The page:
The A7 processor will be the primary processing unit for your iPhone. A chip that brings the smartphone to 64-bit processing, the A7 will be able to give you some great gameplay while managing your apps and even using the muli-task features of iOS7.
The M7 is going to handle the accelerometer, gyroscope and compass information. This instantly turns your phone more into a pedometer, heart-rate monitor, location tracker and more.
The M7 runs at lower power so it doesn’t drain your battery when you are on a walk or run. It can also free up CPU time from the A7 chip so location-based apps work a little better.
Expect the healthcare industry to utilize this chip as they put out more apps that can monitor your health. Companies like Fitbit and Nike Fuelband can utilize this chip for their exercise apps. If an iWatch is in the works, it could possibly have monitors that would report straight to the M7. As for location tracking, the M7 will be able to geo-tag photos and video better.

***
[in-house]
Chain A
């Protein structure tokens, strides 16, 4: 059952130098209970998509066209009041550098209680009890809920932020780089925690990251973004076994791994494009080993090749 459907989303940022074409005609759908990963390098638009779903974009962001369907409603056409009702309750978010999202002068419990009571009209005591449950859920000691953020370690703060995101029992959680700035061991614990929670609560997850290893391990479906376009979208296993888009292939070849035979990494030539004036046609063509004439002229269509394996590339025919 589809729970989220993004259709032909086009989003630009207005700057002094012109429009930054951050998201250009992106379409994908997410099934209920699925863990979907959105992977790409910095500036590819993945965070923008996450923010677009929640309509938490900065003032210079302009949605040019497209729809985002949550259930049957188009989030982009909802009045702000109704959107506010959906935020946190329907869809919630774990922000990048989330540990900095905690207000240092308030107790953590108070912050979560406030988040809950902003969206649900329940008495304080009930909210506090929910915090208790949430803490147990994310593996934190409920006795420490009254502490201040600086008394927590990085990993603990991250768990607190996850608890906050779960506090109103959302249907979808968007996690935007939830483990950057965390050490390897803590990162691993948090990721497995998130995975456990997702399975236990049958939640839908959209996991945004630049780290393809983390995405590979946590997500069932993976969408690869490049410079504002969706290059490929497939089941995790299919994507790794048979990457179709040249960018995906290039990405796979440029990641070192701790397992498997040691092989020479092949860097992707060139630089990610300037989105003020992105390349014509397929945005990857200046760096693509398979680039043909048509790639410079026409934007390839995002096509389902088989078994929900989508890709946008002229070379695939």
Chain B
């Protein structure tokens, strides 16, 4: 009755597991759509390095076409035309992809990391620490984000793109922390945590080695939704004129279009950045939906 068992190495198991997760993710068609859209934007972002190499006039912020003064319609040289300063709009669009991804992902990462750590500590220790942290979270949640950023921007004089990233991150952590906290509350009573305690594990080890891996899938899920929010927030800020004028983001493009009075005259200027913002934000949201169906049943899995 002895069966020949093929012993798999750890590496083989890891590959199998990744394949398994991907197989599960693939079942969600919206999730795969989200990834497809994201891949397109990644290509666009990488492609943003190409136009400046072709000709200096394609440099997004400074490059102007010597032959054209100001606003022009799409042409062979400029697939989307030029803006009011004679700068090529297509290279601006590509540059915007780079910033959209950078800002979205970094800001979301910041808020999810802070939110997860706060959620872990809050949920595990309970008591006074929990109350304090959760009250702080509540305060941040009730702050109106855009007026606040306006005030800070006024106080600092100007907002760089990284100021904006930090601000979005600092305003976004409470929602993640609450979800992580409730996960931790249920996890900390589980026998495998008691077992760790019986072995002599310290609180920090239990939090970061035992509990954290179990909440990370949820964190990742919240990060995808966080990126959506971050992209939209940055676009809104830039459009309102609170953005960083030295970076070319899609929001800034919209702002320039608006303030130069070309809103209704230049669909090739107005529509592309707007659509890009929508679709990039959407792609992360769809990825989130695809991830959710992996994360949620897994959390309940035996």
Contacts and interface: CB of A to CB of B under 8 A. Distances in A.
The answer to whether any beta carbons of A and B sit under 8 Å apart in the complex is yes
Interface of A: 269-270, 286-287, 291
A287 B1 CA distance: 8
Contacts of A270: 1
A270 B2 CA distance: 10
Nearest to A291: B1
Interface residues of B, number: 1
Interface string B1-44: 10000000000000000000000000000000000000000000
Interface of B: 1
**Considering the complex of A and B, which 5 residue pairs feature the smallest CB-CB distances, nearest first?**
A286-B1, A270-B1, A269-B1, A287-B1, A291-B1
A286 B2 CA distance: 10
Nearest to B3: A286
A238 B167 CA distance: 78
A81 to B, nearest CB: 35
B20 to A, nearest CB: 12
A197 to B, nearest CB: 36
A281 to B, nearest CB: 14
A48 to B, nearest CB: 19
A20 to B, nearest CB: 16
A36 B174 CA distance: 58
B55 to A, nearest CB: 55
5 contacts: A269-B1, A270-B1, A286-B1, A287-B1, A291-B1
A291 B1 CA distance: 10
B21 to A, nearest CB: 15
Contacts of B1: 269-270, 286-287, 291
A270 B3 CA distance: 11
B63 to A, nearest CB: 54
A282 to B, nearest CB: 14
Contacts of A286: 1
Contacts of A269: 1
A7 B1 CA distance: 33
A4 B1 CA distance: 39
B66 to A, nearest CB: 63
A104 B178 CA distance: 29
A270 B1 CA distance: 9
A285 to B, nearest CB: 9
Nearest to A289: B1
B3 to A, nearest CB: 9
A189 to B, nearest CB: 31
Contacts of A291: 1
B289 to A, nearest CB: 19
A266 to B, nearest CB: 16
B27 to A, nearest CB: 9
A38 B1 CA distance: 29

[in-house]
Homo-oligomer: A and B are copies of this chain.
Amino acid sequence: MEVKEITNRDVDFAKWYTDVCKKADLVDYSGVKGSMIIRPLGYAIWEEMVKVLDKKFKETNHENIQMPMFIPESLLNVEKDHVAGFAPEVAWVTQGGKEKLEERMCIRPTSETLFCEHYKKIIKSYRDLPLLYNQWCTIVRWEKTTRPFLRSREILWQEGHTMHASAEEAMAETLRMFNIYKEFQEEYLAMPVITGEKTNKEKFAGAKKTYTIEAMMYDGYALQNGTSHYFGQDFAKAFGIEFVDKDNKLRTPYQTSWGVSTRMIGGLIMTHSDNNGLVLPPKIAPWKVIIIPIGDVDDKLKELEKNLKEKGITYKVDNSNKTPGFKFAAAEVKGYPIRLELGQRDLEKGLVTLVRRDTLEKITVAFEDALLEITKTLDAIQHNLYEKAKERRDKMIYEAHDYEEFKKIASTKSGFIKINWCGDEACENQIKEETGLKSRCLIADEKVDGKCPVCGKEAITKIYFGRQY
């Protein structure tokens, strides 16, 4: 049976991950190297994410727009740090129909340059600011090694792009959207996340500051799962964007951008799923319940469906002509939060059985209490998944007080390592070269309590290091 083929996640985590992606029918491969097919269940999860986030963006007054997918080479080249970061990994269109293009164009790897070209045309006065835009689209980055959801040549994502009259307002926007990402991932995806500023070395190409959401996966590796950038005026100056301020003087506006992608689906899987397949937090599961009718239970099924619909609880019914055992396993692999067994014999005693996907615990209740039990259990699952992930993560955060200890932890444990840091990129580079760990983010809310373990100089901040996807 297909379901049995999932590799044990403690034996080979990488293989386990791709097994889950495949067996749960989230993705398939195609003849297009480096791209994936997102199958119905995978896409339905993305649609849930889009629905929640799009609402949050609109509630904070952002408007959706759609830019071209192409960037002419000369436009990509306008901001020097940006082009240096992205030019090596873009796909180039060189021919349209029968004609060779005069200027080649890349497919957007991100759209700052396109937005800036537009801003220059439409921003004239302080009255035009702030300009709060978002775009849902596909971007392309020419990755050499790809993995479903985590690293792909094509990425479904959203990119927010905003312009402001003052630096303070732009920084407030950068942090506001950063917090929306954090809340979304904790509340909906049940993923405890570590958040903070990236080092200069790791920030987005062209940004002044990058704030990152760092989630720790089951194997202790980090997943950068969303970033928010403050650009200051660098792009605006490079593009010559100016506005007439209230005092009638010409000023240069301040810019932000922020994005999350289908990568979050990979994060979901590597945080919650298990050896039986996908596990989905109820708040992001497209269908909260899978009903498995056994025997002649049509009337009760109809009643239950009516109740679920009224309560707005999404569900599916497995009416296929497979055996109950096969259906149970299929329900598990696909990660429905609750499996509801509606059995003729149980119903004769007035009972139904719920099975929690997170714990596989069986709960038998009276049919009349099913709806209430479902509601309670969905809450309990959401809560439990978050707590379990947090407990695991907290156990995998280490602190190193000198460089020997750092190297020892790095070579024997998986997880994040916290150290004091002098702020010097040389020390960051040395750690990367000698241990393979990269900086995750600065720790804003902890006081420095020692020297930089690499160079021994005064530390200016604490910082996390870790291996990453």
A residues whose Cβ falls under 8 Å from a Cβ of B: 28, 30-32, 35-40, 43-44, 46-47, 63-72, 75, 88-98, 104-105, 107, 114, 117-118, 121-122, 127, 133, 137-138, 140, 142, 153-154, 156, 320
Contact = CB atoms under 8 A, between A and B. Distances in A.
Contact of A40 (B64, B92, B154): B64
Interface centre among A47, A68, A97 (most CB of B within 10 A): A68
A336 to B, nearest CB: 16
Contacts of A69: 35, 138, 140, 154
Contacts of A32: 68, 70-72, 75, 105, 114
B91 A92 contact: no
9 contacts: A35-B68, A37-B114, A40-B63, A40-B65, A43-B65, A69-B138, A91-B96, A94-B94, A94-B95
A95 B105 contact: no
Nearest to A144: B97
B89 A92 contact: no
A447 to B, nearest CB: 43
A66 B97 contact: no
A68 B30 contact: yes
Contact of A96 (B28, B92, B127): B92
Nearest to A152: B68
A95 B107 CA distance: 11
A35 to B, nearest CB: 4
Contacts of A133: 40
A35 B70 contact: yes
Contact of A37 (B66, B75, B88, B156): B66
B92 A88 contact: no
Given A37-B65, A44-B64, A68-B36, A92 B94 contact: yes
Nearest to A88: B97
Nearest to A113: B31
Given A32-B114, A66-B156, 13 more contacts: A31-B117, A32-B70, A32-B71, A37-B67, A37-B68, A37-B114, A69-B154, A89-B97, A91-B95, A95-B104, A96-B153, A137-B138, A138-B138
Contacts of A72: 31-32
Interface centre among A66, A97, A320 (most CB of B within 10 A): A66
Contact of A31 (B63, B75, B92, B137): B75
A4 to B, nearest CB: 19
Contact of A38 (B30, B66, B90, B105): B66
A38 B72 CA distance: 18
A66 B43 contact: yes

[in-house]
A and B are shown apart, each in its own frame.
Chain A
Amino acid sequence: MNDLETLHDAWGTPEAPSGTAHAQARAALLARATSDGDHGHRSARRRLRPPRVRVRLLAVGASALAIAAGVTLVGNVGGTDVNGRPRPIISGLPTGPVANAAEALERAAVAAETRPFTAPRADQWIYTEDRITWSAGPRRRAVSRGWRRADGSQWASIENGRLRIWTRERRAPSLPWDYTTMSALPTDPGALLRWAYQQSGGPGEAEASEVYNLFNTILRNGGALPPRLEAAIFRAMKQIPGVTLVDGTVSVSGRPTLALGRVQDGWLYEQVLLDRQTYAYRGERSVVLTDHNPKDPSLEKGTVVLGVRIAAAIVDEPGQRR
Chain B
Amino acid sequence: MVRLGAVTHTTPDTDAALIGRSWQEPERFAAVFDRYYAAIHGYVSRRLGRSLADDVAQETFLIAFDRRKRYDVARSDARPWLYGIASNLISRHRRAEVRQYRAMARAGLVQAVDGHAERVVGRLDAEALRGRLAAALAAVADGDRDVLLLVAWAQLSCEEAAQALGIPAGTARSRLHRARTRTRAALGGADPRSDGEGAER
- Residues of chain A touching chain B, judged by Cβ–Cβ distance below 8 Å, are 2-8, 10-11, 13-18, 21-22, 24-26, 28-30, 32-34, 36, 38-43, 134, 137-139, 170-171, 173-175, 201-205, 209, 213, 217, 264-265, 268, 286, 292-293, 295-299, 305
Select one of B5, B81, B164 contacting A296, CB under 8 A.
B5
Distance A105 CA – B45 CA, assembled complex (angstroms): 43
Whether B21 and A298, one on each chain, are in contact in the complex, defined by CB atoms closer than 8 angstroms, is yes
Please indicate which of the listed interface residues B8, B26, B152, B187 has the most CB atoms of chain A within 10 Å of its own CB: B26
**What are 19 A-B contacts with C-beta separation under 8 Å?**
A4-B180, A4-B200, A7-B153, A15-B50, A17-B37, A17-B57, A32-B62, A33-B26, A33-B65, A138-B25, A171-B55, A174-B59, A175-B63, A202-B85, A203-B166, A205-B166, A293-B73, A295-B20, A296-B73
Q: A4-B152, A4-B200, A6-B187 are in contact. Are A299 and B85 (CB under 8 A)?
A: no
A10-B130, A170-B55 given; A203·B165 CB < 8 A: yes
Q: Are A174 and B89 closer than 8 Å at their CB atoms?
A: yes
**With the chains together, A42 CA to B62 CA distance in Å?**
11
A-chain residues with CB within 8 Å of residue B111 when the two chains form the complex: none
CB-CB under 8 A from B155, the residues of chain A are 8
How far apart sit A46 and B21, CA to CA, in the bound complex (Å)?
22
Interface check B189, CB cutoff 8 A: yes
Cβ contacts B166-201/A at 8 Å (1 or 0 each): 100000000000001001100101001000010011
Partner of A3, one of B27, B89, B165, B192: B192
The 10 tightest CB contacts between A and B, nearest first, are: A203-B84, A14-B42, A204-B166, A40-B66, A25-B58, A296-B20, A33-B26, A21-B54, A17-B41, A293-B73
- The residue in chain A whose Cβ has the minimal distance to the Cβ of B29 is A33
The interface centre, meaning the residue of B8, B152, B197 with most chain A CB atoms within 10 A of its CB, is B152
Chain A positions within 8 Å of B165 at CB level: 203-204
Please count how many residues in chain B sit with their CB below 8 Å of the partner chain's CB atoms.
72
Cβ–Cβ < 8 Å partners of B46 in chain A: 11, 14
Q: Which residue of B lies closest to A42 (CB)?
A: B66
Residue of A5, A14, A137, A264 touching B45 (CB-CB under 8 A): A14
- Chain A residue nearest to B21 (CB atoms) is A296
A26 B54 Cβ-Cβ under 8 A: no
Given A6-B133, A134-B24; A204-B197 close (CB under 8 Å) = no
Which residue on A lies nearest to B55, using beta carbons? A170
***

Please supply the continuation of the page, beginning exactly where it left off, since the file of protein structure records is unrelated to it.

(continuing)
Ultimately, with this co-processor, Apple has been able to tout a 40x difference in speed and 56x graphics difference from the original iPhone. It even is close to doubling the speed of a iPhone5 (from the chart Apple provided at the event).
The 5S breaks some new boundaries. The M7 chip looks to give location tracking and healthcare apps the ability to build strong programs that help in your everyday life. If it all comes together right, the iPhone 5S could be a major shift in the mobile computing market.